Birding Big Year (Birder's Log 2/1/2020): Mr. Bird Miss Behaving: When Good Birds Go Bad
They know they are messing with us…you know…birds. After hundreds of years and billions of bird records, well-respected ornithologists have amalgamated and synthesized the data into field guides. From Roger Tory Petersen’s 1934 A Field Guide to the Birds to The Sibley Guide to Birds (2nd Edition, 2014) man has attempted to describe the appearance and behavior of birds. Field guides provide various illustrations of a species to show everything from sex to age, and habitat to distribution. Field guides tell us how to separate a Hammond’s Flycatcher from a Dusky Flycatcher, or an Eastern Meadowlark from a Western.
What field guides don’t tell us is what birds are thinking, and why they go rogue. Just when science gives us comfort in understanding birds (what they look like and where they live) suddenly conventional wisdom flies out the window. Mix in a generous dose of leucism, albinism, and hybridism and you can toss the field guide to the back seat. And what are Harris’s Sparrows thinking when they decide to fly the coup and relative comfort of Nebraska’s Great Plains for the cold-hearted sagebrush of Idaho’s high desert in December. I have a theory.
They are messing with us. And its not just a species or two. From Blue Jays to Eastern Bluebirds, Mockingbirds to Red-shouldered Hawks – they are showing up unannounced like Cousin Eddie in National Lampoon’s Vacation. They know that just when a birder becomes confident in their identification skills, it’s time for an eastern bird to pay a visit. Since they are not coming as some religious splinter sect, but a solitary joker, how do they decide who gets to pull the prank?
I’ve been birding Idaho for 22 years, and until last Sunday, I had never seen a Northern Mockingbird in this western state. Serendipitously navigating downstream of the Minidoka Dam, a “Mocker” perfectly timed his convergence. He posed long enough to be photographed (who would believe me without the photo?), then departed with what I swear was a self-satisfied giggle. Yeah, I see what you did there. Maybe the time has come to write A Field Guide to Birds Gone Bad.
Birding Big Year (Birder’s Log 02/08/2020): What Birders Really Want
I’m no expert on the wants and needs of other birders, but I know what I really want, and so I extrapolate. What we want is perhaps quite different than you might expect. Here’s the top five:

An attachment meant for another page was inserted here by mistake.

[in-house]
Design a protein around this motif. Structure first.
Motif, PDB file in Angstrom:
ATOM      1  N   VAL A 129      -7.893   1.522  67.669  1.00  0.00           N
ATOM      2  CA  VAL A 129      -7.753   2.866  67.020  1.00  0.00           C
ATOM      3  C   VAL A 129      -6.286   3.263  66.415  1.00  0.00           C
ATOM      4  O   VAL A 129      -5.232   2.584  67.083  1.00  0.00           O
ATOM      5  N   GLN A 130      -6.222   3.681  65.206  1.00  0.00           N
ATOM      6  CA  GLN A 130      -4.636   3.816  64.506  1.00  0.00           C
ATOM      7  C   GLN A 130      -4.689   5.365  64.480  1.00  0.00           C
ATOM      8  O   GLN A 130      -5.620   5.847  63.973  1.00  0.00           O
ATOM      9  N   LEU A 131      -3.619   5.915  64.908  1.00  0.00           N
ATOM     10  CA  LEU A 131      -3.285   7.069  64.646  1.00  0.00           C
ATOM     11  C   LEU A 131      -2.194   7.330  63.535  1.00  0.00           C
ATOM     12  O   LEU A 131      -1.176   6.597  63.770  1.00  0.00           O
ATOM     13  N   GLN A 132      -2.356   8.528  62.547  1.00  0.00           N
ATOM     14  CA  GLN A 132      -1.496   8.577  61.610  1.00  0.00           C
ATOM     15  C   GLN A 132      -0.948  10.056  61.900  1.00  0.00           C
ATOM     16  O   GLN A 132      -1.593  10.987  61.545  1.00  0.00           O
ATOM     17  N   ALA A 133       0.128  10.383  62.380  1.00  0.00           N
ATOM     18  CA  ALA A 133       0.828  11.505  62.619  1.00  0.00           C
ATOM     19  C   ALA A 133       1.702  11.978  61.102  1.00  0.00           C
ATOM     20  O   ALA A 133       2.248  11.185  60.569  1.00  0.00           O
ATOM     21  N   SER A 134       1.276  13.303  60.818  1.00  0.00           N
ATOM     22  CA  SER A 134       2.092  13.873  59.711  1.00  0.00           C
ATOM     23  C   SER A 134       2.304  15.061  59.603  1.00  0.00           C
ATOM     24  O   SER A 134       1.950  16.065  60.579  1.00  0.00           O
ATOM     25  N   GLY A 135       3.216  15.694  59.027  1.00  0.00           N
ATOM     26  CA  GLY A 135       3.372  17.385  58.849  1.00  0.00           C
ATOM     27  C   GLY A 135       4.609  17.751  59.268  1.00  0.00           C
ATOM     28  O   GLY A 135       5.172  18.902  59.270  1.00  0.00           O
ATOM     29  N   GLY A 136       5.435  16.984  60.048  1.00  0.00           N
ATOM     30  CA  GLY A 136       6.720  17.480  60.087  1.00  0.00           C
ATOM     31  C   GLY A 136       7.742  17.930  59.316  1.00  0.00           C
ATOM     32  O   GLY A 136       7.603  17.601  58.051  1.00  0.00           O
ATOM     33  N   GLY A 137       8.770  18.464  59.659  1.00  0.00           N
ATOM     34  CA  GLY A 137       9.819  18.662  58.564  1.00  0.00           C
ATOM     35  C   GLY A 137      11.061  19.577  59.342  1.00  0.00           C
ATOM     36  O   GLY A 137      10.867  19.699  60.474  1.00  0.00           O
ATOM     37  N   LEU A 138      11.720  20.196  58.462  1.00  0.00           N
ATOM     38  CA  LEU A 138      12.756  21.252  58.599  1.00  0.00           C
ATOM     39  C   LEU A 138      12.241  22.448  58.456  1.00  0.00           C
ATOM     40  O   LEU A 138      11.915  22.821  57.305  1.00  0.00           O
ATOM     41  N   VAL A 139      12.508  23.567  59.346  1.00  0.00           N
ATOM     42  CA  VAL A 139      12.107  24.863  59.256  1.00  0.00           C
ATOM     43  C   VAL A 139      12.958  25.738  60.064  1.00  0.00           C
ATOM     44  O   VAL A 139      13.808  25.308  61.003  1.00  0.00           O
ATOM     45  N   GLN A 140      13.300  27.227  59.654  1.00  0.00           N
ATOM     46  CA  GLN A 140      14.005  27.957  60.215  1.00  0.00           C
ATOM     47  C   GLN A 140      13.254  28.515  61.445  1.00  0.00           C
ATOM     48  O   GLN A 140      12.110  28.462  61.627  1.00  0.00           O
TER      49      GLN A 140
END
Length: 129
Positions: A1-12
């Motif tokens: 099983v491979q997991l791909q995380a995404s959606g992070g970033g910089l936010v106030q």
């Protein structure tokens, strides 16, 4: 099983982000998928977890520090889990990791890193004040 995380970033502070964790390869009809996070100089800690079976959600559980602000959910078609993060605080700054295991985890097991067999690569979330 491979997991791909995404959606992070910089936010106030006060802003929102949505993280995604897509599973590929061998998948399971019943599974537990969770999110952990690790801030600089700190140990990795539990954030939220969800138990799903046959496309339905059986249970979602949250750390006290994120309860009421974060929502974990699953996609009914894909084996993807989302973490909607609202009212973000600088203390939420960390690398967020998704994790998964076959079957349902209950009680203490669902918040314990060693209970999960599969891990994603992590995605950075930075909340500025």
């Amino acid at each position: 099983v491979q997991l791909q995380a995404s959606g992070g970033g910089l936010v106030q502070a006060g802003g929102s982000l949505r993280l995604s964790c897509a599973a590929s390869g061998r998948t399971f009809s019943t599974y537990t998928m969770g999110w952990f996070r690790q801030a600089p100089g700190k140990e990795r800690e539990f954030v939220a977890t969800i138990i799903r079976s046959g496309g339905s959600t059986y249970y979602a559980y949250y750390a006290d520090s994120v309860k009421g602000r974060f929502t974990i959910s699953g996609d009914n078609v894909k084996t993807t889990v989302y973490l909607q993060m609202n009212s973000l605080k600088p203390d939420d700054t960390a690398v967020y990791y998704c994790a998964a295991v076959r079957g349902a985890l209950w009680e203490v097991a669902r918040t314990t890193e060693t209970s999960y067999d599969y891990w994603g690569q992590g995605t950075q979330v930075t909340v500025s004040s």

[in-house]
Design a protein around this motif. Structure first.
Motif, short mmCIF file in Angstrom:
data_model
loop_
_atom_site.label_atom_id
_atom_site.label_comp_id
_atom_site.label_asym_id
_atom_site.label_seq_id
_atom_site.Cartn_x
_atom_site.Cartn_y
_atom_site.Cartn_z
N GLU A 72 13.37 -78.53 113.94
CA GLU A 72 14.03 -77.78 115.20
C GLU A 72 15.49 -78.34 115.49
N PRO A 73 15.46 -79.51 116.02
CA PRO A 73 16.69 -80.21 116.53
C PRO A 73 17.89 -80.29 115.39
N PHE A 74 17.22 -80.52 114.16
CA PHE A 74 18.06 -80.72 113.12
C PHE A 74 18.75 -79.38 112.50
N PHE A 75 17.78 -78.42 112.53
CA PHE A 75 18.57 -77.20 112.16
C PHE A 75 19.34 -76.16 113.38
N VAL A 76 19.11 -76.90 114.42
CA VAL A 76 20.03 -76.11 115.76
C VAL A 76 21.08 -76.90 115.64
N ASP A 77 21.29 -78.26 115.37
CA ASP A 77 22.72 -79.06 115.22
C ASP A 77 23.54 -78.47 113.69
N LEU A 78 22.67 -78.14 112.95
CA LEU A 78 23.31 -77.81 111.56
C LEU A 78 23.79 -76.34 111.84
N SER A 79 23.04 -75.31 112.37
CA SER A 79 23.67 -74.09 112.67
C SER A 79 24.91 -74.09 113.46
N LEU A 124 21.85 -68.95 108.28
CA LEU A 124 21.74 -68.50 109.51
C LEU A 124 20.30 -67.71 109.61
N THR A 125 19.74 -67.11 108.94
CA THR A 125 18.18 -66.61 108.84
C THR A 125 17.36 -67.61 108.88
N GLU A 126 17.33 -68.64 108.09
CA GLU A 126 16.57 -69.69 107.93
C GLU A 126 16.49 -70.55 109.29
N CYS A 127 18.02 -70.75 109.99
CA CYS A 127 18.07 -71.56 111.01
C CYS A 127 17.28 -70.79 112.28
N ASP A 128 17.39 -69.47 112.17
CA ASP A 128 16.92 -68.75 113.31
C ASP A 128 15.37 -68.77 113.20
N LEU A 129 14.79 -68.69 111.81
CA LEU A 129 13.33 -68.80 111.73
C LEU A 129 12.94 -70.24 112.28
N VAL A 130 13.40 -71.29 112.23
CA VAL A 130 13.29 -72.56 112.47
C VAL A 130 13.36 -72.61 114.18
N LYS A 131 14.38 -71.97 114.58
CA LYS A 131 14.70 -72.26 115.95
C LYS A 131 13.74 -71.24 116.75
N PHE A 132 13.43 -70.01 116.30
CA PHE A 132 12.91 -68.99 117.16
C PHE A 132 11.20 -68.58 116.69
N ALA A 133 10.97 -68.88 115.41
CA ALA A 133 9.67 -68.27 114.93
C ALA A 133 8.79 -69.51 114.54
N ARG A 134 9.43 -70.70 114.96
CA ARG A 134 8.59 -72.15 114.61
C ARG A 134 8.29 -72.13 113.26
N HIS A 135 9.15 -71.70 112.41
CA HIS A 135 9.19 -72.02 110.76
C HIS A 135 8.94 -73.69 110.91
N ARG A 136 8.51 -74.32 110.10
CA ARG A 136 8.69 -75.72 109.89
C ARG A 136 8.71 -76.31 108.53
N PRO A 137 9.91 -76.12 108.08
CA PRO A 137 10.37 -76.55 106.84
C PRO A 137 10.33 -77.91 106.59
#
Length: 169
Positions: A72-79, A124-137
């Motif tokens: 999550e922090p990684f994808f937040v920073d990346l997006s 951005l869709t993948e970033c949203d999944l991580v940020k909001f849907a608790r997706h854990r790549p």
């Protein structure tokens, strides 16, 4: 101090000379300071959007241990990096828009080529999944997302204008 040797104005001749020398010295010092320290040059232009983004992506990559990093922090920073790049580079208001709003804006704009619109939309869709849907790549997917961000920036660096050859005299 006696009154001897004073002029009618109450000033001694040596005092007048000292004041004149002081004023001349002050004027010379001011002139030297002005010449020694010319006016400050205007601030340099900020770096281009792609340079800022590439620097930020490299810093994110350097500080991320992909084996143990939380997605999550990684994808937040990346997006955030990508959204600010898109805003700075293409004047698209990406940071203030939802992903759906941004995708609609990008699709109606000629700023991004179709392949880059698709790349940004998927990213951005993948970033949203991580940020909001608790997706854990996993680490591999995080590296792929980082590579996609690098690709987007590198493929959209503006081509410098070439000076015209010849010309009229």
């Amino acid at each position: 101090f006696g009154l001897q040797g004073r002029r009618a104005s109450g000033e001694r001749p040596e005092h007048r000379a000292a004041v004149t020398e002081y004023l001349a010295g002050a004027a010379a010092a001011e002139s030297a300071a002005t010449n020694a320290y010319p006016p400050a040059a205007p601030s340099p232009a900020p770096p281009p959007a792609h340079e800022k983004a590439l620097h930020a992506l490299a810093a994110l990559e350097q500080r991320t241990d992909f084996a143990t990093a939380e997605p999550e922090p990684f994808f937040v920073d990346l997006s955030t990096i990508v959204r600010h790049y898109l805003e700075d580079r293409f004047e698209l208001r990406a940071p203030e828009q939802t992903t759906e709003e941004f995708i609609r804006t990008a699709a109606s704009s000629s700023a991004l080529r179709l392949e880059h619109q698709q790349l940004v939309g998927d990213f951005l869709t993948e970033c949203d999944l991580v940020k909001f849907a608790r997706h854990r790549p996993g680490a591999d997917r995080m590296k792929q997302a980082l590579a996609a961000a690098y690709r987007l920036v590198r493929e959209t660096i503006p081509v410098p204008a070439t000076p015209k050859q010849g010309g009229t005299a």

1. Frequent pull-outs. I do most of my birding from the Jeep these days, so I want to be able to pull over, and quickly check that bird on the power line. It might take a bit of research, but before the transportation department builds a road, they should do a 5-year study of where birds are likely to be, and then build frequent pull-outs in the vicinity. I would love to help with that study. If this seems unreasonable, forget the study and just build a birder’s lane. If they can do it for bicyclers, well then…
2. Wi-Fi binoculars with feather recognition. I want to be able to confirm my sighting by switching on the recognition software and aiming the binocs at the bird. Once locked on, I can activate ebird and the Audubon app with my eyes to view range maps, bird songs, and other interesting facts right there in the barrel. What? They already have that technology?
3. Another Lifer. In previous logs, I have explained that a lifer is a bird being observed for the first time. All subsequent views are fodder for the lists that a birder will obsessively make the rest of his life – such as Big Year lists, state lists, backyard lists, and my favorite – list of birds seen while keeping one foot inside the circumference of a randomly-placed hula-hoop for 12 hours. But as entertaining as lists are, nothing compares to adding another bird to the life list.
4. Wackadoodle Birding Partner. I want a bird fanatic who will do most of the driving, keep the trip list, knows exactly when to stop 1 second before I holler “Bird On!” (a variant of “Fish on the line!”). I want a partner who appreciates and makes ample room for a box of donuts in the front seat, and most importantly enjoys hearing my stories of epic birding….for the third time.
5. To be retired. Let’s face it, all those years of “working for the man” have been endured so that now in retirement you can wake up at 4 a.m., and decide…”I think I’ll go see a blue jay that’s being reported 2 hours from here.” All my birding friends are retired. I hate that (want that).